j.

Glue the die-cut plywood formers F8B and F9B. The bottom corners of these formers should be flush with the 1/4" sq. corner stringers.

k.

Cut to length and glue in place the 3/16" sq. bottom middle stringer that runs from the back of former F5 to the tail end of the fuselage.

l.

Cut four short pieces of 1/4"x1/2" balsa stick to use as cross braces behind former F5. Sand them to fit between the corner and middle stringers and then glue in place.




m.

Using a long straightedge and a modeling knife, cut a 3/32"x3"x36" balsa sheet diagonally from corner to corner.

Glue and pin the two tapered pieces onto the bottom of the fuselage. When dry, trim off the excess flush with the fuselage sides.

n.

Cut to length and glue in place the three 3/16" sq. balsa top stringers that run from former F5 back to former F9A.

.

7. FINISHING THE FUSELAGE

a.

Trial fit your fuel tank in the fuselage. Slip a 3/16"sq.x2-1/8" balsa stick (cut from scrap) between the top of the tank and the bottom of the fuselage top stringers. Slide the stick backward or forward until the tank sits level in relation to the top fuselage sides. Glue the stick to the stringers after you find the right spot.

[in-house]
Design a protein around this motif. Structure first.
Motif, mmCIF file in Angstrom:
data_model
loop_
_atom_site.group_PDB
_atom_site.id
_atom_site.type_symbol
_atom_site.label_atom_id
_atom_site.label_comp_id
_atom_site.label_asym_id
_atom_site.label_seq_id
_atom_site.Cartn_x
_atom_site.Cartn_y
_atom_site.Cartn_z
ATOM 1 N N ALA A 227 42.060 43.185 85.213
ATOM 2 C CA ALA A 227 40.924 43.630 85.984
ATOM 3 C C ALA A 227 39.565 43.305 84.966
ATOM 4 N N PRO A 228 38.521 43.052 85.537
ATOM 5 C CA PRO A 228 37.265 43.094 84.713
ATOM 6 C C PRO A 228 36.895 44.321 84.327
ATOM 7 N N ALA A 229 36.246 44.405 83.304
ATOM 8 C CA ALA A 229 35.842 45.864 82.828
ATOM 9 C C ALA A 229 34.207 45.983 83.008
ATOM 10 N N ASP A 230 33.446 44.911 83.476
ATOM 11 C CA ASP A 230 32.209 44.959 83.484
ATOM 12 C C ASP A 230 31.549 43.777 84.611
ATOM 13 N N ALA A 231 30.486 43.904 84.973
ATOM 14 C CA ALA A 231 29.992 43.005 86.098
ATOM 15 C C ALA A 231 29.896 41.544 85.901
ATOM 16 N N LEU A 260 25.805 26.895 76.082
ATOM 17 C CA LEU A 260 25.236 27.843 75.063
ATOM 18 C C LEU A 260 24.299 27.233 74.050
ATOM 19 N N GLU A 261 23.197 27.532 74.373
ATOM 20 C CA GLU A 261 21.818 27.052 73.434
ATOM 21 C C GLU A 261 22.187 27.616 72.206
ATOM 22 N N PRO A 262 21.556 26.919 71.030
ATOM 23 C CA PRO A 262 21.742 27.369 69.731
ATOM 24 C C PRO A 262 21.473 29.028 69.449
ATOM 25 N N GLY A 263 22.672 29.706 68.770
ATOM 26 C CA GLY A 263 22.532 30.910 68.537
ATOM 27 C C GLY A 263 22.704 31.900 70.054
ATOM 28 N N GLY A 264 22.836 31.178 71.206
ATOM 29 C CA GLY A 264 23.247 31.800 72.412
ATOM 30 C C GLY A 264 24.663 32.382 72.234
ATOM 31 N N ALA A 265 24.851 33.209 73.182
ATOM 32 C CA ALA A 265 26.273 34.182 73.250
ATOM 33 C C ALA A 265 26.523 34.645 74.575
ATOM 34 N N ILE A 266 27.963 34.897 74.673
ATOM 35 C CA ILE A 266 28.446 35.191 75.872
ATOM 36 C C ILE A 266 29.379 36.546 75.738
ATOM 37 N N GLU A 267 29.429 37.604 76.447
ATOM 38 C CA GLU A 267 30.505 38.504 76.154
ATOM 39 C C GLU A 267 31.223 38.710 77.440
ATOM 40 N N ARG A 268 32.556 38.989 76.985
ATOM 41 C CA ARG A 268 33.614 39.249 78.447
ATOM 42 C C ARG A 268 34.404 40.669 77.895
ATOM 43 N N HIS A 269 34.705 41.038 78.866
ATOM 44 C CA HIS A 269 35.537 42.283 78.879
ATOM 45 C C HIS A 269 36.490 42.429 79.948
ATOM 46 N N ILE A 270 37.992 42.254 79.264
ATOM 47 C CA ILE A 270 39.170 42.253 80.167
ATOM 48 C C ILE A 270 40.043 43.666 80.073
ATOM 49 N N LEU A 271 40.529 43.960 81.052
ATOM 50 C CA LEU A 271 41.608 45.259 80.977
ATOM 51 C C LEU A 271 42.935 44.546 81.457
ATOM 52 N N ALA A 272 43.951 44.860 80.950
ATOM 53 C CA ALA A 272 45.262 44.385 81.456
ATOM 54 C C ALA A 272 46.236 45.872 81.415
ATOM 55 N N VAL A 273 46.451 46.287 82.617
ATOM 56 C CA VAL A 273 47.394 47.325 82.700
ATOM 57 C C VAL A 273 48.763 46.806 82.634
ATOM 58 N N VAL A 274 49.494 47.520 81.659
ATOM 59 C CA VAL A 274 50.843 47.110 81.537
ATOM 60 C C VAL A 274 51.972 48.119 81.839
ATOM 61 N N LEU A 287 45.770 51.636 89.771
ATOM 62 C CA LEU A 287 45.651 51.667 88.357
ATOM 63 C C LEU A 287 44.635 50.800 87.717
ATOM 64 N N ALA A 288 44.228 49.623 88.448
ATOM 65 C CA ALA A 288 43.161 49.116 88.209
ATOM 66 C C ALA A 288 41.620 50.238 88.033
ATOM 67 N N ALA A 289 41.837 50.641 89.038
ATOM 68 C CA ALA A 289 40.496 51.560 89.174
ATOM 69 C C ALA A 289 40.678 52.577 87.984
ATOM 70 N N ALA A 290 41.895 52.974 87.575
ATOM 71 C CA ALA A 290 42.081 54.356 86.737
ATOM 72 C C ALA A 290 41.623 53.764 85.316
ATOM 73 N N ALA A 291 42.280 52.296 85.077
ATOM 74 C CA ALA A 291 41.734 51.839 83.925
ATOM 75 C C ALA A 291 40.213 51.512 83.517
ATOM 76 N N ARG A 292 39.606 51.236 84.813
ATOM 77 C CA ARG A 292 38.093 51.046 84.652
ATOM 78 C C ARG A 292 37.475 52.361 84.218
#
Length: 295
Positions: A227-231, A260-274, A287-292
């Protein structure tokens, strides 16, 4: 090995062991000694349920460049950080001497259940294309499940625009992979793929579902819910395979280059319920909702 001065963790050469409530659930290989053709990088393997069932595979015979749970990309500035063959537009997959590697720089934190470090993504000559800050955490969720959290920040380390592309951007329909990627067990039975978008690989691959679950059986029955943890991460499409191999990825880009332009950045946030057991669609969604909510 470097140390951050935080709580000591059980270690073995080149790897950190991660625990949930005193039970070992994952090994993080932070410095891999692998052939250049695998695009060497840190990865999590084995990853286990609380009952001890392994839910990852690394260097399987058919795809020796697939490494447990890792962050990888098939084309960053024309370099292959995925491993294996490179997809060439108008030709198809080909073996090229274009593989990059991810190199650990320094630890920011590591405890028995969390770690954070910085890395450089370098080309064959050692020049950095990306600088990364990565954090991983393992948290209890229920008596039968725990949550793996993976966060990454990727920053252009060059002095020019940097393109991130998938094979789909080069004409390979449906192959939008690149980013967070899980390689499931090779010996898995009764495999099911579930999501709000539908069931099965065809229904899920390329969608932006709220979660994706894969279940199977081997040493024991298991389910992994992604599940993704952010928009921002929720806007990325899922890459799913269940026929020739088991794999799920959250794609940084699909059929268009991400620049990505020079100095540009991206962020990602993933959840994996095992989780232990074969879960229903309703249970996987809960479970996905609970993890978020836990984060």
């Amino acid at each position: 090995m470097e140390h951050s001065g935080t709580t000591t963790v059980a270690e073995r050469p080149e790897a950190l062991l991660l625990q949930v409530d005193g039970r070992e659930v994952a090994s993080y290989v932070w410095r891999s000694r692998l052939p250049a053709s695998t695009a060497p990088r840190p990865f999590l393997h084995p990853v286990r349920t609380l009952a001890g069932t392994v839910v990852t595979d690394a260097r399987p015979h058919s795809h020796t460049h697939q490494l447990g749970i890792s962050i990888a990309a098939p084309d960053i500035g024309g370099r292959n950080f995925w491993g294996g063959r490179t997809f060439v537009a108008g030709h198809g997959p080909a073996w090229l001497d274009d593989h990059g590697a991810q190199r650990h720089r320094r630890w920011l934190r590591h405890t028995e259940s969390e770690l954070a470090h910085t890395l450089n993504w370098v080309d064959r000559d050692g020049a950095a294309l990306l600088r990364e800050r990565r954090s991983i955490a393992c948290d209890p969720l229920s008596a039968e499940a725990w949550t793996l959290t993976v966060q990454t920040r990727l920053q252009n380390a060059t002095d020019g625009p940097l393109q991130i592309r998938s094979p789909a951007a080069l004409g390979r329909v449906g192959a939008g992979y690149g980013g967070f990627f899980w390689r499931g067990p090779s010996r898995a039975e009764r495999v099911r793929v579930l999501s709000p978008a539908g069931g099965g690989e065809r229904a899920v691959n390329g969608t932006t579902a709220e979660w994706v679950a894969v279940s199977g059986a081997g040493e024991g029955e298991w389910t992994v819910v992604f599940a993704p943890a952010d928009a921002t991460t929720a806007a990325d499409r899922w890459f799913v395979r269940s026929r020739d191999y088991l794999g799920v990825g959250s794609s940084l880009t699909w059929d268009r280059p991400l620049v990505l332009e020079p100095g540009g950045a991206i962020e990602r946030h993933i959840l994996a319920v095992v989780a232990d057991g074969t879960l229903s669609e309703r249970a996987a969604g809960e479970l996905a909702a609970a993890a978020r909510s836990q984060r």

b.

Glue die-cut plywood former F2A in place.

c.

Use a sanding block to bevel the ends of the 1/2"x4-3/16"x6" nose bottom block until it fits in place. Recess a small area on the front of the block to clear the nose gear blind nuts. Then glue the block in place. Don't get any glue in the threads of the blind nuts.

d.